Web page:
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CBE Webinar 'Professional Stakeholders as Co-Creators of Knowledge'

Wednesday 25 January 2023 / 10.30 - 12.00


Saskia Ruijsink (TU D): Engaging with Professionals: Integration of Knowledge in Practice

In this webinar

Saskia Ruijsink will share her experience designing a training programme for professionals called Integrated Urban Development, which has been implemented three times in Rotterdam municipality. You will learn why the underlying place-based approach is expected to contribute to integrating various sources of knowledge. Additionally, we will explain how the training has been designed, implemented and evaluated. We will discuss that learning is a continuous process for professionals, and together we will seek means to do this effectively.

Sarah de Vries (WUR): The Mixed Classroom: Transdisciplinary Experiential Learning

In this webinar

In this webinar, you will learn more about the mixed classroom. We will share findings from experiments with the mixed classroom at Wageningen University & Research. In addition, you will learn more about our innovation project and design principles for the mixed classroom. We will also exchange thoughts and ideas that surface during the webinar.

Jan Axelsson (Linköping University, Sweden): Challenge-based learning and impact  

In this webinar

Jan will present a challenge-based approach to education, research, and innovation. A core concept of The European University alliance ECIU University enabling and facilitating activities where learners from different disciplines, cultures and countries cooperate with researchers, companies, cities, regions, non-governmental organizations, and local communities in finding creative and innovative solutions to global challenges. Using impact planning as a management tool the outputs, outcomes, and potential impacts are elaborated and further specified for the various stakeholders. 

More Information on the respective talks can be found below:

Engaging with Professionals: Integration of Knowledge in Practice | Place-based approaches for sustainability challenges

With the continuing urbanisation trend worldwide, academia and policymakers emphasise the importance of addressing diverse and complex urban sustainability challenges. This complexity requires a variety of stakeholders to work together in cities and regions at various interconnected scale levels. 

In the Netherlands, place-based approaches are typically used to enhance spatial quality and to facilitate the integration of interconnected dimensions of complex (urban) sustainability challenges and the various relevant policy fields. Various efforts currently focus on strengthening stakeholders' collective ability to meaningfully integrate knowledge, viewpoints, needs and stakes in place-based approaches. While place-based approaches have yielded positive results, it is not a silver bullet, and associated challenges might be rooted in low levels of urban transformative capacity.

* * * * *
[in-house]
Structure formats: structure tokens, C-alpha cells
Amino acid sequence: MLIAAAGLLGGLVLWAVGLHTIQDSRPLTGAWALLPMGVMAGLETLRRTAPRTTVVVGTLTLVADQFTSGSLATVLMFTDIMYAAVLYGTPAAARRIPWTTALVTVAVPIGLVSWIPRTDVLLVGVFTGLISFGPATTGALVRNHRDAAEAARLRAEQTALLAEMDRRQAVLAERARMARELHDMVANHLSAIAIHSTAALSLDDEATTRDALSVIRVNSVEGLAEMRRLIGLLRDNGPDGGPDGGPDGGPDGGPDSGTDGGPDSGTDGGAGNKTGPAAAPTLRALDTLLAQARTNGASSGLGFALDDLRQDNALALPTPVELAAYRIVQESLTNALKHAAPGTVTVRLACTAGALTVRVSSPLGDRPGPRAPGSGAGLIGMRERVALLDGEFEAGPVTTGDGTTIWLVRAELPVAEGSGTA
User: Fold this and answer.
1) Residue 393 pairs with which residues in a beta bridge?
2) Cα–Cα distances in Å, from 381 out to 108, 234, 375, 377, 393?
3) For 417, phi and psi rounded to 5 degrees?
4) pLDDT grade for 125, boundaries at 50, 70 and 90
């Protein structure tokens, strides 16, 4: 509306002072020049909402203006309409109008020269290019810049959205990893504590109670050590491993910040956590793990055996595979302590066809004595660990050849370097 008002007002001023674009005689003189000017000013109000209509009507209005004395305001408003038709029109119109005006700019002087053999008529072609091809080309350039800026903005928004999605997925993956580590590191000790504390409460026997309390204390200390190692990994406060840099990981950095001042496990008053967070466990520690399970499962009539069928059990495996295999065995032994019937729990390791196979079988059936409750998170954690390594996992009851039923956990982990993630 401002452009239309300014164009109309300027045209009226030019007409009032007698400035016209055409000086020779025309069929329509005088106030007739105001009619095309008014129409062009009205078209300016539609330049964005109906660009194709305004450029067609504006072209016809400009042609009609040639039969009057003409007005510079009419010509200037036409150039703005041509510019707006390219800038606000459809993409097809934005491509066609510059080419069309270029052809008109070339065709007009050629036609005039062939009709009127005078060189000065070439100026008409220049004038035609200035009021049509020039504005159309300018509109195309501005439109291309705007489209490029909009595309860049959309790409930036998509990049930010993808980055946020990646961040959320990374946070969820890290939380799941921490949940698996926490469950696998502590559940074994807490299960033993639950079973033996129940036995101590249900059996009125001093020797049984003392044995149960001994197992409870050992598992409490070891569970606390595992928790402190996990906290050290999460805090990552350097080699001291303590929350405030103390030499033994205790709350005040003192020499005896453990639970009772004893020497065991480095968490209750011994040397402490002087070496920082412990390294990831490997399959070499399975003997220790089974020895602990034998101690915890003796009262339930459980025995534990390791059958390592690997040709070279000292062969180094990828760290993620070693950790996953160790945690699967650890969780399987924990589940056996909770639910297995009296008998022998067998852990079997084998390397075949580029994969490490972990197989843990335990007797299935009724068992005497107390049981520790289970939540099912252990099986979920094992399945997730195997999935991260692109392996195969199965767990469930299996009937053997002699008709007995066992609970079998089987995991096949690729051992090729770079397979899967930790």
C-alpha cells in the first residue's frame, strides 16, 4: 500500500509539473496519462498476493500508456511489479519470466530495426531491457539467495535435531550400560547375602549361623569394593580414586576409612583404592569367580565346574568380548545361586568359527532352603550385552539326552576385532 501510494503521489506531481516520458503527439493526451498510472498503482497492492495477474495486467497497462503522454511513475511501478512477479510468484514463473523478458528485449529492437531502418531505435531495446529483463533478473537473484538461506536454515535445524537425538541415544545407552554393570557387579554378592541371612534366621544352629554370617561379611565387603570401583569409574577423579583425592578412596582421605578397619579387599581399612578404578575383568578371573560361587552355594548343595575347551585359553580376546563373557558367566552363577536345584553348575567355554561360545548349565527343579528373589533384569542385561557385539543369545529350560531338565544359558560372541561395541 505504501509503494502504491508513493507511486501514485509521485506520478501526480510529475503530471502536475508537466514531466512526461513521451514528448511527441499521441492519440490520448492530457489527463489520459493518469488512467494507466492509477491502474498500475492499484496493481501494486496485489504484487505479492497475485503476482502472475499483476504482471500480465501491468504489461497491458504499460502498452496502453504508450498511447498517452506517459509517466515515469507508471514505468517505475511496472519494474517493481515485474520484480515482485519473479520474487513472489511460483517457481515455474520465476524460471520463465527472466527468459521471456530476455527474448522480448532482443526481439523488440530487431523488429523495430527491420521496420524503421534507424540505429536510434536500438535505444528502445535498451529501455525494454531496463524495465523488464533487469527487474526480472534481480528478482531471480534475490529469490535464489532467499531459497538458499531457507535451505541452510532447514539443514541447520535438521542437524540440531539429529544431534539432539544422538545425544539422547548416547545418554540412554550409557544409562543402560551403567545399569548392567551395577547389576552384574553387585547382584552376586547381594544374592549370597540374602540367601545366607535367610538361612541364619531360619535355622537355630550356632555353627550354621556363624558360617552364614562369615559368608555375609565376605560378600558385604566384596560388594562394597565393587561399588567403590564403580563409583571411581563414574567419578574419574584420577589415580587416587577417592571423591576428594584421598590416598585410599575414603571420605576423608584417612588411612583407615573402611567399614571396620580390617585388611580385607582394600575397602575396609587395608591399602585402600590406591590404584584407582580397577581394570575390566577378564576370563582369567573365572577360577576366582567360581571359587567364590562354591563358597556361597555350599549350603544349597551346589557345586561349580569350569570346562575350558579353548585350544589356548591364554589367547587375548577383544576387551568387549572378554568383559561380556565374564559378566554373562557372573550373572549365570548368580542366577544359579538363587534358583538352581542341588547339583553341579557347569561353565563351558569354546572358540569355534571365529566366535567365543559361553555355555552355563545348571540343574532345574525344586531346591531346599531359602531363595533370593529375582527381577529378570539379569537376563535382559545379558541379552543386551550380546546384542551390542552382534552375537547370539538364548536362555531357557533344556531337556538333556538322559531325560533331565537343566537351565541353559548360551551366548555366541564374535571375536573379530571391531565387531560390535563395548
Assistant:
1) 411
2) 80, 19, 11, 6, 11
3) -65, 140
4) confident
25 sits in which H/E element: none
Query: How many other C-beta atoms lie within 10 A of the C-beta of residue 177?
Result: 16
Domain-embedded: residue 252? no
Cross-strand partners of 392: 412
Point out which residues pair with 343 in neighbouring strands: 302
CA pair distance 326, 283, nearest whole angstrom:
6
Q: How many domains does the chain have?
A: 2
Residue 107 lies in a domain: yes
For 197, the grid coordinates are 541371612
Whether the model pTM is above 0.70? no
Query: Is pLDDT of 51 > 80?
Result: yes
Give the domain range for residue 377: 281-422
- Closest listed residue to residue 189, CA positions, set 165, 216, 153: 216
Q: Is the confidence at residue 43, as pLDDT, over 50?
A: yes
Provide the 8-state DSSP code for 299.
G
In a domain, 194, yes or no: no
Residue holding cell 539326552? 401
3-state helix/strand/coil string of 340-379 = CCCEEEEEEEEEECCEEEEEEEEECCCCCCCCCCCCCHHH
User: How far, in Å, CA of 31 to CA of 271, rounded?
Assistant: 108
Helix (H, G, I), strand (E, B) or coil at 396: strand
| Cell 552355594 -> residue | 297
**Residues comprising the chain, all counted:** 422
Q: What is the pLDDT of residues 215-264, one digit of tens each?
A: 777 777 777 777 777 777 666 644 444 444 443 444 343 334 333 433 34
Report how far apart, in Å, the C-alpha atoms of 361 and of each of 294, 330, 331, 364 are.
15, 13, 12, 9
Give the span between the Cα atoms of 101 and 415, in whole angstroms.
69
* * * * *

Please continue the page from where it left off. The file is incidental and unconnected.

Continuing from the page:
Lifelong learning in practice

Professionals are engaged in some university and classroom-based education programmes, such as MSc programmes targeting professionals, PhD programmes for professionals, MOOCs for professionals, or seminars to which professionals are invited. In addition to such programmes, there are some initiatives where academics partner with professional trainers and develop a training programme for professionals. The course 'Integrated Urban Development' that was designed for professionals from the municipality of Rotterdam on how they can better integrate their diverse knowledge, viewpoints, needs and stakes in place-based approaches is an example of such a training programme. 


Saskia Ruijsink has developed the course with Ruth Höppner from Veldacademie. Saskia started in September 2022 with a research project funded by the Resilient Delta Initiative. This research explores how the collective ability of stakeholders to meaningfully integrate knowledge, viewpoints, needs and stakes in place-based approaches can be strengthened. 

The Mixed Classroom: Transdisciplinary Experiential Learning

Wicked problems

Climate change, poverty, and health issues; are the significant, wicked challenges our society faces, and no single solution can be found for them. Different perspectives are required to contribute to solutions: from science and society. Addressing these challenges is where the mixed classroom comes creating a transdisciplinary classroom. There, students and professionals contribute to solving wicked problems by integrating science and practice.

Lifelong learning

There are calls to make lifelong learning education an official task for higher education that should be enforced by law. A pressing issue is how we will include professionals in our higher education system. One way to go is to teach them separately, as we do in many universities. However, what if letting professionals and students learn side by side proves incredibly valuable?

 Concept of the mixed classroom

The mixed classroom consists of students and professionals with different disciplinary backgrounds. Like that, the classroom composition mirrors the skills we want to train in our learners: the ability to integrate different disciplines and the coming together of both academia (students) and society (professionals and possibly other societal stakeholders). In that way, the mixed classroom becomes a form of experiential learning and provides a rich and authentic learning environment.


You can find more information about the mixed classroom on the 4TU website. As of 1 January, Sarah de Vries is a PhD candidate focusing on the mixed classroom.



Wednesday 25 January 2023






free of charge for anyone working at 4TU universities or RU Groningen